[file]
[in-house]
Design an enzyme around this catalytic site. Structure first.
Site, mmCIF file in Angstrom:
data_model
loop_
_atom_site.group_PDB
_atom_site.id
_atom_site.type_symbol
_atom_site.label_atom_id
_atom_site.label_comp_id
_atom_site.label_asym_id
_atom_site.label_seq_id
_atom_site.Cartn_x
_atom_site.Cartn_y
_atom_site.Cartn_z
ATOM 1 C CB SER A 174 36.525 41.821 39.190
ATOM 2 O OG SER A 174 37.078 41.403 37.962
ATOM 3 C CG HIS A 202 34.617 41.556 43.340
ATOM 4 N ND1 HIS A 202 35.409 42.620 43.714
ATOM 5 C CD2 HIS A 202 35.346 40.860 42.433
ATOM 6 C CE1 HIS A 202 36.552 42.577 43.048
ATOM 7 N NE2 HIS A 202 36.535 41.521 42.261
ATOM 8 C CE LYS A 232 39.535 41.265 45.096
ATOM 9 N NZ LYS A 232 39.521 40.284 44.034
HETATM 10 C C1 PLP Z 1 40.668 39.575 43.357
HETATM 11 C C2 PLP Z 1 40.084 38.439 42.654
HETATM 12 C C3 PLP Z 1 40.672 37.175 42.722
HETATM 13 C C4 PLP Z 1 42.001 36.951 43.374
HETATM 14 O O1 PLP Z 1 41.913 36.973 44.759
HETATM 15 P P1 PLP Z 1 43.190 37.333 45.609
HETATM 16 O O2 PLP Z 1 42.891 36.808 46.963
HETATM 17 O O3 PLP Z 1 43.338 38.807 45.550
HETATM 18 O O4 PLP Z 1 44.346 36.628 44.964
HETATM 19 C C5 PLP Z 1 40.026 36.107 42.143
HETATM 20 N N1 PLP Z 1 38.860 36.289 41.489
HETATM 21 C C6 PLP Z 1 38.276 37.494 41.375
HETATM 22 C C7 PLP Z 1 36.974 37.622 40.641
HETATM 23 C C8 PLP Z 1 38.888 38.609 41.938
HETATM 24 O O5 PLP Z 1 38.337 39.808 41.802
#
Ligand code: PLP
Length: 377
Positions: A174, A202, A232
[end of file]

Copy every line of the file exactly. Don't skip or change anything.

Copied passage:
[in-house]
Design an enzyme around this catalytic site. Structure first.
Site, mmCIF file in Angstrom:
data_model
loop_
_atom_site.group_PDB
_atom_site.id
_atom_site.type_symbol
_atom_site.label_atom_id
_atom_site.label_comp_id
_atom_site.label_asym_id
_atom_site.label_seq_id
_atom_site.Cartn_x
_atom_site.Cartn_y
_atom_site.Cartn_z
ATOM 1 C CB SER A 174 36.525 41.821 39.190
ATOM 2 O OG SER A 174 37.078 41.403 37.962
ATOM 3 C CG HIS A 202 34.617 41.556 43.340
ATOM 4 N ND1 HIS A 202 35.409 42.620 43.714
ATOM 5 C CD2 HIS A 202 35.346 40.860 42.433
ATOM 6 C CE1 HIS A 202 36.552 42.577 43.048
ATOM 7 N NE2 HIS A 202 36.535 41.521 42.261
ATOM 8 C CE LYS A 232 39.535 41.265 45.096
ATOM 9 N NZ LYS A 232 39.521 40.284 44.034
HETATM 10 C C1 PLP Z 1 40.668 39.575 43.357
HETATM 11 C C2 PLP Z 1 40.084 38.439 42.654
HETATM 12 C C3 PLP Z 1 40.672 37.175 42.722
HETATM 13 C C4 PLP Z 1 42.001 36.951 43.374
HETATM 14 O O1 PLP Z 1 41.913 36.973 44.759
HETATM 15 P P1 PLP Z 1 43.190 37.333 45.609
HETATM 16 O O2 PLP Z 1 42.891 36.808 46.963
HETATM 17 O O3 PLP Z 1 43.338 38.807 45.550
HETATM 18 O O4 PLP Z 1 44.346 36.628 44.964
HETATM 19 C C5 PLP Z 1 40.026 36.107 42.143
HETATM 20 N N1 PLP Z 1 38.860 36.289 41.489
HETATM 21 C C6 PLP Z 1 38.276 37.494 41.375
HETATM 22 C C7 PLP Z 1 36.974 37.622 40.641
HETATM 23 C C8 PLP Z 1 38.888 38.609 41.938
HETATM 24 O O5 PLP Z 1 38.337 39.808 41.802
#
Ligand code: PLP
Length: 377
Positions: A174, A202, A232